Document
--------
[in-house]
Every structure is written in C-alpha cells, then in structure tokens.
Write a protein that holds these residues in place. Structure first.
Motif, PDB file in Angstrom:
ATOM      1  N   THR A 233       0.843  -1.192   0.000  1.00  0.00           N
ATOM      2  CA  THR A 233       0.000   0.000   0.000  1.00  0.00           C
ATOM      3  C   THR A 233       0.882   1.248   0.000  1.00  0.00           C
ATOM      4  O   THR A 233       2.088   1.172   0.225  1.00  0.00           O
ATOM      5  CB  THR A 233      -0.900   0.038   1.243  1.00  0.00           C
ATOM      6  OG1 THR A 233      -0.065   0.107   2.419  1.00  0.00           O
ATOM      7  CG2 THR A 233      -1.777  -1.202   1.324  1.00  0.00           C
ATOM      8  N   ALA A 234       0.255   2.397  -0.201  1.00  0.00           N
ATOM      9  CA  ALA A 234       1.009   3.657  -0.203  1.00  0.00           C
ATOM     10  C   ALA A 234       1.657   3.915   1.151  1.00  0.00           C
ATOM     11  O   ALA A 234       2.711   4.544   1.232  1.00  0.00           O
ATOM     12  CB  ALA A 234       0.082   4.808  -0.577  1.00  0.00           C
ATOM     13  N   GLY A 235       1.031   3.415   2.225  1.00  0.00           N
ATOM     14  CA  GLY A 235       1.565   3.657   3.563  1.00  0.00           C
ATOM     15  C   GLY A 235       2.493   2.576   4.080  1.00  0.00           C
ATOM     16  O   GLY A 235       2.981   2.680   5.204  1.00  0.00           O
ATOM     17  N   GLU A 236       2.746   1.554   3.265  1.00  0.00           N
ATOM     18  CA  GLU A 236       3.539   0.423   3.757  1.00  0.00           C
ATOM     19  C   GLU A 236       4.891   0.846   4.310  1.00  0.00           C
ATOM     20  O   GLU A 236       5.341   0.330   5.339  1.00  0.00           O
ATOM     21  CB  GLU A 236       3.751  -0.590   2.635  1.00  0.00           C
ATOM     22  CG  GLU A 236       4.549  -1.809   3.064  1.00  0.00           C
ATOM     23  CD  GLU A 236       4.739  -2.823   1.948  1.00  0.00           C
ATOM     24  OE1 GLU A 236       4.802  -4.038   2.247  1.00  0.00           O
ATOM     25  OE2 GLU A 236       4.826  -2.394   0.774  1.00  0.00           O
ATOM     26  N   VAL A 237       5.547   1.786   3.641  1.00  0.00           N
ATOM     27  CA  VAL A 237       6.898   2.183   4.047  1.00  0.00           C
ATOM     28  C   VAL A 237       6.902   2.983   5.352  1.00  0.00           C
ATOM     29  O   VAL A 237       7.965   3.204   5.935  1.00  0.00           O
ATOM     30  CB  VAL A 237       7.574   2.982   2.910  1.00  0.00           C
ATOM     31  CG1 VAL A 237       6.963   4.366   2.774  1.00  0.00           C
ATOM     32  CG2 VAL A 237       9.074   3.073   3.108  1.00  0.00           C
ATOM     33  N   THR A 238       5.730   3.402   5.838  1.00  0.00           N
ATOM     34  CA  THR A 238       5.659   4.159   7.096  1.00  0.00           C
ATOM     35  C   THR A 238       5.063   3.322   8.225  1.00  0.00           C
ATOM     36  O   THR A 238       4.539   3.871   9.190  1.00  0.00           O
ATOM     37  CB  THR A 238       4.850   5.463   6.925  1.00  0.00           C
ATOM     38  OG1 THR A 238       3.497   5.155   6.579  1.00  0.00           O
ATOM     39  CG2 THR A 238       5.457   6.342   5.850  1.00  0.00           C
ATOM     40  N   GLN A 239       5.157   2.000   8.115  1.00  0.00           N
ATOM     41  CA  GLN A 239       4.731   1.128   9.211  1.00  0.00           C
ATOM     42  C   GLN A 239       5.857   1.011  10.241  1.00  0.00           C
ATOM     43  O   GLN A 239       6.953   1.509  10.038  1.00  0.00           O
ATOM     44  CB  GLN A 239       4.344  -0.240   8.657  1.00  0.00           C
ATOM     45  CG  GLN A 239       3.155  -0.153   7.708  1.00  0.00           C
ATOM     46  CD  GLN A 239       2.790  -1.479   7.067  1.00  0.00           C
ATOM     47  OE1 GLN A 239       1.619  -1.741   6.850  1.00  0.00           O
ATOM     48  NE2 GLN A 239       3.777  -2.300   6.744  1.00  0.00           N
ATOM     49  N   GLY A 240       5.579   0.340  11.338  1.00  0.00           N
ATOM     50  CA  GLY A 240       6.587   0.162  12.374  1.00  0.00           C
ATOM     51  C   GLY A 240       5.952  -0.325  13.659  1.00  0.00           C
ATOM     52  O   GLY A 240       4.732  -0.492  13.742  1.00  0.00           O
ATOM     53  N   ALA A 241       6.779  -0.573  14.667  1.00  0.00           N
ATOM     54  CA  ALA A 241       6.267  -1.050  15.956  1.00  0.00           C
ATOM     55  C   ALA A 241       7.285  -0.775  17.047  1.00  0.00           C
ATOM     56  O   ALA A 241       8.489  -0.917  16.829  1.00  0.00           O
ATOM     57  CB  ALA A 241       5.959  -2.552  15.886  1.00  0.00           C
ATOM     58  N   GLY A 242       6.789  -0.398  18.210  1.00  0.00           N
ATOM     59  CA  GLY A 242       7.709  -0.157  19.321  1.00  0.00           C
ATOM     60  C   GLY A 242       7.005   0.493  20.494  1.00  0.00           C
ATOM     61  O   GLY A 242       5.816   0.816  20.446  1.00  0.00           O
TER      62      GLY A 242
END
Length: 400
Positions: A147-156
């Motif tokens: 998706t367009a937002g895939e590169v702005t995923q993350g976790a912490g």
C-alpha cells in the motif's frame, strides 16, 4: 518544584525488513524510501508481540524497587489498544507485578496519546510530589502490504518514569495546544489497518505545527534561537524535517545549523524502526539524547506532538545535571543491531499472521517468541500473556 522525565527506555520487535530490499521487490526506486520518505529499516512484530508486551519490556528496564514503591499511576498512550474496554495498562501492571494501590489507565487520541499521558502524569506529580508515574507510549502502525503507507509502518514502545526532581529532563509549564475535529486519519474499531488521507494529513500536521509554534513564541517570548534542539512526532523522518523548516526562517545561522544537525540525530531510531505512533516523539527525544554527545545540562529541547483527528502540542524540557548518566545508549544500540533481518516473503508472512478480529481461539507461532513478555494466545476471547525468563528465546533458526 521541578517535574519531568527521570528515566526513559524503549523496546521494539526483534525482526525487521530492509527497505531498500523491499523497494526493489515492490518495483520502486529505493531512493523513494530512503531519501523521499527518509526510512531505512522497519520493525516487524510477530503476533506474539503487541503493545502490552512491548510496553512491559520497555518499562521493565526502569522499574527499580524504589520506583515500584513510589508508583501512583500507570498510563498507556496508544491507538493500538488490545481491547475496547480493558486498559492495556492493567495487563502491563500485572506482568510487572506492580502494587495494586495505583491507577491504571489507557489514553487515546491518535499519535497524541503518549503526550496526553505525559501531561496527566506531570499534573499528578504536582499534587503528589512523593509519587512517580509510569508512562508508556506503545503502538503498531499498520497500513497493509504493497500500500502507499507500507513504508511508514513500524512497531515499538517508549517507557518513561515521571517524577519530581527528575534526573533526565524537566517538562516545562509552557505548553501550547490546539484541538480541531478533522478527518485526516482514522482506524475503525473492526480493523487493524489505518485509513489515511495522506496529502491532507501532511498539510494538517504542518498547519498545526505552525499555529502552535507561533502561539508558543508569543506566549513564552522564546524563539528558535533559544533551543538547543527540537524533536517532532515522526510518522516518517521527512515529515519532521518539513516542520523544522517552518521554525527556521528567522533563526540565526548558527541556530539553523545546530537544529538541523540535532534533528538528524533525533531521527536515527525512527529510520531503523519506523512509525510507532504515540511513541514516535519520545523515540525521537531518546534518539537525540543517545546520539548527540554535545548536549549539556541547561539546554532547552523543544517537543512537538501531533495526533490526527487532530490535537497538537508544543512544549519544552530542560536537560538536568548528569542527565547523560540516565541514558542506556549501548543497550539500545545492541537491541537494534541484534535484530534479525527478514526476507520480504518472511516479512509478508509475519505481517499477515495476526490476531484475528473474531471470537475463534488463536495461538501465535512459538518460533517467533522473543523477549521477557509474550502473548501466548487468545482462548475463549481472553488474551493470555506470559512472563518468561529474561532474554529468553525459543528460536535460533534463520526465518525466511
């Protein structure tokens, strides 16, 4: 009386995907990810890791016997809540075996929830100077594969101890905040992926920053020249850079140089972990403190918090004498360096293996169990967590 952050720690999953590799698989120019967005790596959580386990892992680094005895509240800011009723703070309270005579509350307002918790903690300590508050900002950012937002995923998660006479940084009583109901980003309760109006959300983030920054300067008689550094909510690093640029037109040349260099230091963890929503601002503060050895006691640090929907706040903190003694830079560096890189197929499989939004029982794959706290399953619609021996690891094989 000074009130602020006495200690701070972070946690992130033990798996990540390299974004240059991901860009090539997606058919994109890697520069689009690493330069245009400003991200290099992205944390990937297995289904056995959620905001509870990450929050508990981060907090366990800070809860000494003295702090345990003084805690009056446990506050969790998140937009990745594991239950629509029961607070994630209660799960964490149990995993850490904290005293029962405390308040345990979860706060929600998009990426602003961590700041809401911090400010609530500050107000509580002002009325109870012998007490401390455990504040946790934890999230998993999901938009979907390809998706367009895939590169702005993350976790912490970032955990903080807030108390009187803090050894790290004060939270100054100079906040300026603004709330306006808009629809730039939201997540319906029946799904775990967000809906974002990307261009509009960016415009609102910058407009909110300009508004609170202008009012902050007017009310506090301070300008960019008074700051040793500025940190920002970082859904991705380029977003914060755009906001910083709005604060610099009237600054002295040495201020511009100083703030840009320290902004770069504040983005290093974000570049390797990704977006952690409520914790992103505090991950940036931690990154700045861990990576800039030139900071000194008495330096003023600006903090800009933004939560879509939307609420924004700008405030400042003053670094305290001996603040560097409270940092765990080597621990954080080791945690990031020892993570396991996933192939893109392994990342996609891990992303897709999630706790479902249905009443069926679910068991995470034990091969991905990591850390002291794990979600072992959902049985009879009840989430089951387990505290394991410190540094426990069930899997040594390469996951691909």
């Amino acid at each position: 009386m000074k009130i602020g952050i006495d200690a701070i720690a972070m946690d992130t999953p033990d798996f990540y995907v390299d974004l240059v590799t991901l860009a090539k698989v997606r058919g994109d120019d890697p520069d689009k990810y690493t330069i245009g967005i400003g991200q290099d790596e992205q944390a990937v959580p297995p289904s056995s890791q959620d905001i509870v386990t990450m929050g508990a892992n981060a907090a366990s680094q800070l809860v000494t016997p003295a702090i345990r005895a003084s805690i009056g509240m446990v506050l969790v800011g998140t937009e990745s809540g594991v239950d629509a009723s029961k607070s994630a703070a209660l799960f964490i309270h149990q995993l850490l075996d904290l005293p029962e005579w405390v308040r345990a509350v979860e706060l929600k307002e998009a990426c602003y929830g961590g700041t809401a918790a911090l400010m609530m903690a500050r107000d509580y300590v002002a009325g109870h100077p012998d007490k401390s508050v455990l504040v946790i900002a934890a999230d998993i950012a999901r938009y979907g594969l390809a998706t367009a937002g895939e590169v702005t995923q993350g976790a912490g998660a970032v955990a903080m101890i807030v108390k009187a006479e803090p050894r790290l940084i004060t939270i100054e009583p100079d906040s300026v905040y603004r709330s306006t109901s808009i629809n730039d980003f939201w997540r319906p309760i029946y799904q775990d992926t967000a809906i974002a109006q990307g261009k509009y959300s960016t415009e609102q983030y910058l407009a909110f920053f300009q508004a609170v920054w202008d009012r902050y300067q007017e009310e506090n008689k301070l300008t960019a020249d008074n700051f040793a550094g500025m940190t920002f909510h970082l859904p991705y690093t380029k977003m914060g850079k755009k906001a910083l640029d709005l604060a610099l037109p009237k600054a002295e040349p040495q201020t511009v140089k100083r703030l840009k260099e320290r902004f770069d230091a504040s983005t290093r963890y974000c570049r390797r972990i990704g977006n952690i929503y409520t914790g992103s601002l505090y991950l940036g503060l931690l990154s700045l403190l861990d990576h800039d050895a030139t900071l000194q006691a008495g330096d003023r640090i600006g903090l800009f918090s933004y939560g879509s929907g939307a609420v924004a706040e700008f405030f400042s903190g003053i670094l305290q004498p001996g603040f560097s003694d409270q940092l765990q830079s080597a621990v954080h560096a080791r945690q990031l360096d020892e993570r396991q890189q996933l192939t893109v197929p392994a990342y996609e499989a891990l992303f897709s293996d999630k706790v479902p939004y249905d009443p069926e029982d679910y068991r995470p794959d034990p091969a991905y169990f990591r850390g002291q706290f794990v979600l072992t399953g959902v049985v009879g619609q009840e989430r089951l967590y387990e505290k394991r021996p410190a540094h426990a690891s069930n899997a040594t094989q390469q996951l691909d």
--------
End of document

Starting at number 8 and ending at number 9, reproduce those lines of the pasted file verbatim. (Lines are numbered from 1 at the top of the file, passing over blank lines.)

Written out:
ATOM      4  O   THR A 233       2.088   1.172   0.225  1.00  0.00           O
ATOM      5  CB  THR A 233      -0.900   0.038   1.243  1.00  0.00           C